by Mythili Mandadi '11
2010 Siemens Competition in Math, Science & Technology for their research project, Duplicator-Spoiler Game for an Ordinal Number of Turns. They were the first Blair students in the 12-year history of the Siemens Competition to compete in the national finals, and they will split $46,000 in scholarship money.
Setra and Pinkerton project compares the properties of structures in mathematical languages of logic. The team investigated Duplicator-Spoiler Games, which are a method of comparing the properties of structures. While these games are traditionally played with a preset, finite number of turns, Setra and Pinkerton considered games of arbitrary lengths using ordinal notation. They created a system of turns based around the ordinals that could analyze structures with an undetermined numbers of turns.
A record 1,372 projects were submitted to the Siemens Competition this year. 312 of which were selected as semifinalists; four Magnet papers were semifinalists. 94 projects were selected as regional finalists in six regions, and Setra and Pinkerton were the only ones representing Maryland. They won first place at the regional competition held at the Massachusetts Institute of Technology in November, and they were one of six teams that were invited to the National Finals held at George Washington University in early December.
When Setra and Pinkerton were named Regional Finalists in October, they earned an all-expenses-paid trip to Boston, where they presented their projects to a panel of MIT professors and answered questions from students and the media. They were honored guests at the Siemens social, a formal dinner with the other regional finalists, MIT faculty, and other science and technology celebrities.
Setra and Pinkerton were selected as the top team in Region Five, winning a $6,000 scholarship and a spot in the National Finals. Competition Judge Dr. Haynes Miller, Professor Mathematics at MIT, said: “This team has made a striking extension of a game-theoretic interpretation of descriptive logic that dates back to the 1960s.” Miller lauded Setra and Pinkerton. “What impressed me about these students was their clarity of thought," he said. "It’s a very confusing subject to work in and they found their way through it to a new frontier.”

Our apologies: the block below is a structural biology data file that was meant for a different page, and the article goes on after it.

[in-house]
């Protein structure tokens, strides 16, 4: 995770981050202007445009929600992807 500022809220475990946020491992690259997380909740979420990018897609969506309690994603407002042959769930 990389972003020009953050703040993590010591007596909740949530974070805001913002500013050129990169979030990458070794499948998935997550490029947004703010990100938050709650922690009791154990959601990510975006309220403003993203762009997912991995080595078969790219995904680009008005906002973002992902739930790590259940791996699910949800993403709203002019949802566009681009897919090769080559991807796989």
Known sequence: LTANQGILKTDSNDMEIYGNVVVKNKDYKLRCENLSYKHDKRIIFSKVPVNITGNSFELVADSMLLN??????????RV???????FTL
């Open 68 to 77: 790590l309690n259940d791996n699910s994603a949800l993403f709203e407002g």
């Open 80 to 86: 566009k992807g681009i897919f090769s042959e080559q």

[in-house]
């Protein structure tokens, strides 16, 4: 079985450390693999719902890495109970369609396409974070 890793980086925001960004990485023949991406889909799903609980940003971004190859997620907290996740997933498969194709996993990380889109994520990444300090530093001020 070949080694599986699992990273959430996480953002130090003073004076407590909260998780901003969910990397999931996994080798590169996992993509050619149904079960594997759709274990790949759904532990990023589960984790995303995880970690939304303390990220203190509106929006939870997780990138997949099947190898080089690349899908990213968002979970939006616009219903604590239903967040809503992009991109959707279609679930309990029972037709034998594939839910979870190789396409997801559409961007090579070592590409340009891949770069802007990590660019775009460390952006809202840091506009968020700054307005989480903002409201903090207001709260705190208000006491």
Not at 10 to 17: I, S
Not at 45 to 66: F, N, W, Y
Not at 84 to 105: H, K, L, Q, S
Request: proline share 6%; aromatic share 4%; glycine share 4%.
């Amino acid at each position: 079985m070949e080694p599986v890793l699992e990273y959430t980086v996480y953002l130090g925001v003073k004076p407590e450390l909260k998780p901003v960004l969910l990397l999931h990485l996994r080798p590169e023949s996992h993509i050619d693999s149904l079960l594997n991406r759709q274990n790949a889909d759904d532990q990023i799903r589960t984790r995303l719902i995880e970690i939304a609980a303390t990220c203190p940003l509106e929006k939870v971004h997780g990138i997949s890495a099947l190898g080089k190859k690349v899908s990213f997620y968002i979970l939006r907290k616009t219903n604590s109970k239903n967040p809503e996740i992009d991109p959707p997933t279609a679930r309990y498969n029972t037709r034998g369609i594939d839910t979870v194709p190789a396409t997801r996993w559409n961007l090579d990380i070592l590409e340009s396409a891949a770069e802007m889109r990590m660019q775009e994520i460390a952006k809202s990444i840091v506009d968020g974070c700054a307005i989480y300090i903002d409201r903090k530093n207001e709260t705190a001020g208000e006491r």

Setra and Pinkerton presented their project to another distinguished panel at the National Finals at George Washington University and had a chance to see the other regional winners. “I really enjoyed seeing the other eleven projects and meeting the other students." Setra said.
Pinkerton credited the magnet program for their success: "The Blair culture of encouraging student research is outstanding. Most freshmen cannot imagine researching mathematics or science for an entire summer. However, after just three years in the magnet, they are eager to explore their passions in a world of their own, to push themselves in ways they never thought possible.”
In addition to the Siemens Competition, Setra and Pinkerton also entered the Yau Mathematics competition along with another Magnet senior, Daniel Farias. They were named semifinalists and traveled to Los Angeles in mid-November to present their project. They were not selected as finalists in the Yau competition, which would have sent them to China, but Pinkerton is hoping for another chance to present their project overseas when their mentor, Professor William Gasarch of the University of Maryland, travels to a math conference in Italy this summer.
Dr. Gasarch reminds his interns that “his highest concern is that we learn as much math as possible,” but he is not complaining about the prizes. In a smooth arrangement, his interns owe him one lunch for every $1,000 they win. If he holds his interns to the deal, Setra and Pinkerton will owe him meals for a month-and-a-half.
Read their paper here: (pdf)